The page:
When he arrived in America and saw how the dons of Mulberry Street, Brooklyn, and Queens ran large, highly profitable businesses, controlled the operations of dockworkers, truckers, and police; and bought off judges, aldermen, and state representatives, Luigi was impressed. “America”, he told his young son. “Land of opportunity”.

Neither Luigi nor his son Angelo years later ever resented the prejudice and hostility of the majority community.  They knew that America was such a big country full of potential and possibility for all, that all one had to do was to figure out how take advantage of it. They believed that the ends justified the means, and that America would eventually be better off through their enterprise, however distasteful it might seem to others.  Their stay on the margins of society would only be temporary; and within a generation, their offspring would be golfing at Green Acres and summering on the Vineyard.

Luigi left New York for New Haven, thanks to a patron from his home town who said that the opportunities for a smart young man would be better there, and worked his way through the ranks of the G____Family. Like all ambitious young men at that time, he did his share of beatings and ‘disappearances’; and he had his own Family-sanctioned business on the side.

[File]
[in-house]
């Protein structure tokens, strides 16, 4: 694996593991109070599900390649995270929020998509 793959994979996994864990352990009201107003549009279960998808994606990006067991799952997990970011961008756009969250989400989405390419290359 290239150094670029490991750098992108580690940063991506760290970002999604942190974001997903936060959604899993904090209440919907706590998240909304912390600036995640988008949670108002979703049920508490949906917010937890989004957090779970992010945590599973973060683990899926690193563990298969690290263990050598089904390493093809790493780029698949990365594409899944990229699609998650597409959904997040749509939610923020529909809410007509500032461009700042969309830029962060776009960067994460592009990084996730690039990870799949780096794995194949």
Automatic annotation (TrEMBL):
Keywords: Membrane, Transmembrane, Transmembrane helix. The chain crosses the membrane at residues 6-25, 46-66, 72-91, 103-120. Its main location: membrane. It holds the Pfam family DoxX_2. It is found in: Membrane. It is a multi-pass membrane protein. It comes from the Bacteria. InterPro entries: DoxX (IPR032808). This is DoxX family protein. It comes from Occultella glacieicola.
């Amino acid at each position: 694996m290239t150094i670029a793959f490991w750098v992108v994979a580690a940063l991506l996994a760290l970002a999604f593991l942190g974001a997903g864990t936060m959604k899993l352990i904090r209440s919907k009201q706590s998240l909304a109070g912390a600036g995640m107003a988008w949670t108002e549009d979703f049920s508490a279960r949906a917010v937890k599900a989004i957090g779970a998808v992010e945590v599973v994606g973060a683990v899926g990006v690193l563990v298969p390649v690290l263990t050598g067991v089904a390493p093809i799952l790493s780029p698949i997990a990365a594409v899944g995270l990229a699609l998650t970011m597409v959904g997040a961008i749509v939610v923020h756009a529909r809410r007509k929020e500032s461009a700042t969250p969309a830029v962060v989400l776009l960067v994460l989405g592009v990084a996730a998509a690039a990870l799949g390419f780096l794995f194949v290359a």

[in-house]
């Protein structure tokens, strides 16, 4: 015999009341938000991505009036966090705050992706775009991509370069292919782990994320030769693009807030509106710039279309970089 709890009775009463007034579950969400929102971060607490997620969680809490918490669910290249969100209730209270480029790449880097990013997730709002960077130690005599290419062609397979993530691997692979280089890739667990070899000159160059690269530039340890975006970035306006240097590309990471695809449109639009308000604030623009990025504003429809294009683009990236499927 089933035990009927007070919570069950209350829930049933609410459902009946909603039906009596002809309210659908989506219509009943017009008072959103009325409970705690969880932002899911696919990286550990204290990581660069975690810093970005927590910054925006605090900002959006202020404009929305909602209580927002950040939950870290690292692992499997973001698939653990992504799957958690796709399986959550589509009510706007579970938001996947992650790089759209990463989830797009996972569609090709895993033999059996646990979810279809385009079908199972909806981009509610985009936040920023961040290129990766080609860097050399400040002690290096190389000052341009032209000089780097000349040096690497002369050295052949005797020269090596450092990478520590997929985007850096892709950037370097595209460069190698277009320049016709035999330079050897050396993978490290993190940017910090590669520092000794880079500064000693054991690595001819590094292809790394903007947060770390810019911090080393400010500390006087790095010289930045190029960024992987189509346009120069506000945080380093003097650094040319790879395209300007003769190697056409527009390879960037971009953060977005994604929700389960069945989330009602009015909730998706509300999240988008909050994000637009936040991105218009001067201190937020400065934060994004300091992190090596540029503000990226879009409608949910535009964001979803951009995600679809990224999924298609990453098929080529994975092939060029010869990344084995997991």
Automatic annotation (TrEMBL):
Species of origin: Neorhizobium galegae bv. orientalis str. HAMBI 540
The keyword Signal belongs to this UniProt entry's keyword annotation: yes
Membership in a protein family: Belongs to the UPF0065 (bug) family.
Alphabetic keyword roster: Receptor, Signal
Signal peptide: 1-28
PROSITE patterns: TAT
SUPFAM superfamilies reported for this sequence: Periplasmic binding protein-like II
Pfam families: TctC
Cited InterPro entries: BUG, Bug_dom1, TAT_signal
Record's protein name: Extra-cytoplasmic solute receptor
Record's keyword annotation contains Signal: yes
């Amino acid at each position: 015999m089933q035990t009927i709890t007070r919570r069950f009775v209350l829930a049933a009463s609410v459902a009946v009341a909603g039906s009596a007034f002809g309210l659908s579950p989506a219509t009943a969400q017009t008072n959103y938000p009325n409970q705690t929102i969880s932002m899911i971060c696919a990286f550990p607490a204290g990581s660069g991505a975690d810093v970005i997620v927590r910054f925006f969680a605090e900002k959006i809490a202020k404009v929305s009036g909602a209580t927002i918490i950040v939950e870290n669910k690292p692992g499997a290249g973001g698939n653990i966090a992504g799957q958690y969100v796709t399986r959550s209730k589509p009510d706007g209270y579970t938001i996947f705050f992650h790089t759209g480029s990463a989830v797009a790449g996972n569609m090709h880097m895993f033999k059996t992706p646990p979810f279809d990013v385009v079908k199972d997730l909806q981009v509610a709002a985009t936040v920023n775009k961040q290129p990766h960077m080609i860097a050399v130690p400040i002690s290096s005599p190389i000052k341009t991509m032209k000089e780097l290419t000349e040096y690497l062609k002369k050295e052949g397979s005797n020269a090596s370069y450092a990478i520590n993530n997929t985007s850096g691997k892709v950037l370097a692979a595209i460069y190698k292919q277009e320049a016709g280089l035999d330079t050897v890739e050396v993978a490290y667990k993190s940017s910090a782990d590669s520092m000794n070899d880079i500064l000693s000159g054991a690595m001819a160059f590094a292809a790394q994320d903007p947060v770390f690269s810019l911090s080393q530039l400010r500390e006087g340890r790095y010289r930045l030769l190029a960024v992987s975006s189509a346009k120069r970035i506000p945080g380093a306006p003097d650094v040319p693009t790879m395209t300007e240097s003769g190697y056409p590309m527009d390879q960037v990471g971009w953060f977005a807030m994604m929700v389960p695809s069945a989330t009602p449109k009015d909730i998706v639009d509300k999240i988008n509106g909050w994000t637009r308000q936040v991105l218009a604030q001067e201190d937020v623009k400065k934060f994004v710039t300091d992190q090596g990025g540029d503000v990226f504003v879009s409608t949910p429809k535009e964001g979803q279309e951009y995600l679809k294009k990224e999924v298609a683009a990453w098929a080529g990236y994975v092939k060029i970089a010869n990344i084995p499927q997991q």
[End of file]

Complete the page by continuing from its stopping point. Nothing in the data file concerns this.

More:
A lot of Italian families in North Haven bought cars they couldn’t afford and contracted Angelo to dump them in New Haven Harbor so they could collect the insurance.  It was easy money for Angelo and his partners.  The gates to the harbor were rarely locked, a few bucks to the night watchman gained them access to deep water Pier 40, and when the barnacled bumpers of dumped Buicks on the top of the underwater pile started to show they moved to Pier 41.  No one cared.  The piers were abandoned and awaiting repairs which would never come; the insurance companies had made plenty in premiums so looked the other way; and the police had other fish to fry.